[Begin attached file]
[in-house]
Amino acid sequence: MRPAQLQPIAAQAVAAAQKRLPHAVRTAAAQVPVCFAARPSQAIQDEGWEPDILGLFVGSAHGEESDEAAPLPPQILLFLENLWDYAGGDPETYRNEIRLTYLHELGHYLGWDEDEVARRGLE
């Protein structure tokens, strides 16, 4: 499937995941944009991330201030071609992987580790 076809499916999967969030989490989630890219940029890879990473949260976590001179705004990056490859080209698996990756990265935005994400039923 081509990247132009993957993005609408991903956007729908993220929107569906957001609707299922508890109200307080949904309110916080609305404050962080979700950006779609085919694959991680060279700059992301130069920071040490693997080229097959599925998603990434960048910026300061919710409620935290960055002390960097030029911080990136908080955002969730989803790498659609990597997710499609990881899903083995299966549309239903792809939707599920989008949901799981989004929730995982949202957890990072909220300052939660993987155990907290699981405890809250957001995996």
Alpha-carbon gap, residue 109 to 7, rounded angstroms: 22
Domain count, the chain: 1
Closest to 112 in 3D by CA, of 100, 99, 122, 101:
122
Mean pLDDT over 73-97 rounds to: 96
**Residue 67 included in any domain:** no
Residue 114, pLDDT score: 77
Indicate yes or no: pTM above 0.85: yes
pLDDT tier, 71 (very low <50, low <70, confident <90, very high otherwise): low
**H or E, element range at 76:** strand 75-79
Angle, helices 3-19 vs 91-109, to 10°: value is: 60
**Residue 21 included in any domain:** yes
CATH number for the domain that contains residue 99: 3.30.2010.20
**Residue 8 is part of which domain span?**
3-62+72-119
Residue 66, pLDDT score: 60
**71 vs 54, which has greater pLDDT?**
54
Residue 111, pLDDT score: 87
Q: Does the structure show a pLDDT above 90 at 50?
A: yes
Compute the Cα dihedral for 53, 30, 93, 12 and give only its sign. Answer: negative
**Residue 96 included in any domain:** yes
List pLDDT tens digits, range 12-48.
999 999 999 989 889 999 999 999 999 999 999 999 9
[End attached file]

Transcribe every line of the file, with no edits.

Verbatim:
[in-house]
Amino acid sequence: MRPAQLQPIAAQAVAAAQKRLPHAVRTAAAQVPVCFAARPSQAIQDEGWEPDILGLFVGSAHGEESDEAAPLPPQILLFLENLWDYAGGDPETYRNEIRLTYLHELGHYLGWDEDEVARRGLE
């Protein structure tokens, strides 16, 4: 499937995941944009991330201030071609992987580790 076809499916999967969030989490989630890219940029890879990473949260976590001179705004990056490859080209698996990756990265935005994400039923 081509990247132009993957993005609408991903956007729908993220929107569906957001609707299922508890109200307080949904309110916080609305404050962080979700950006779609085919694959991680060279700059992301130069920071040490693997080229097959599925998603990434960048910026300061919710409620935290960055002390960097030029911080990136908080955002969730989803790498659609990597997710499609990881899903083995299966549309239903792809939707599920989008949901799981989004929730995982949202957890990072909220300052939660993987155990907290699981405890809250957001995996």
Alpha-carbon gap, residue 109 to 7, rounded angstroms: 22
Domain count, the chain: 1
Closest to 112 in 3D by CA, of 100, 99, 122, 101:
122
Mean pLDDT over 73-97 rounds to: 96
**Residue 67 included in any domain:** no
Residue 114, pLDDT score: 77
Indicate yes or no: pTM above 0.85: yes
pLDDT tier, 71 (very low <50, low <70, confident <90, very high otherwise): low
**H or E, element range at 76:** strand 75-79
Angle, helices 3-19 vs 91-109, to 10°: value is: 60
**Residue 21 included in any domain:** yes
CATH number for the domain that contains residue 99: 3.30.2010.20
**Residue 8 is part of which domain span?**
3-62+72-119
Residue 66, pLDDT score: 60
**71 vs 54, which has greater pLDDT?**
54
Residue 111, pLDDT score: 87
Q: Does the structure show a pLDDT above 90 at 50?
A: yes
Compute the Cα dihedral for 53, 30, 93, 12 and give only its sign. Answer: negative
**Residue 96 included in any domain:** yes
List pLDDT tens digits, range 12-48.
999 999 999 989 889 999 999 999 999 999 999 999 9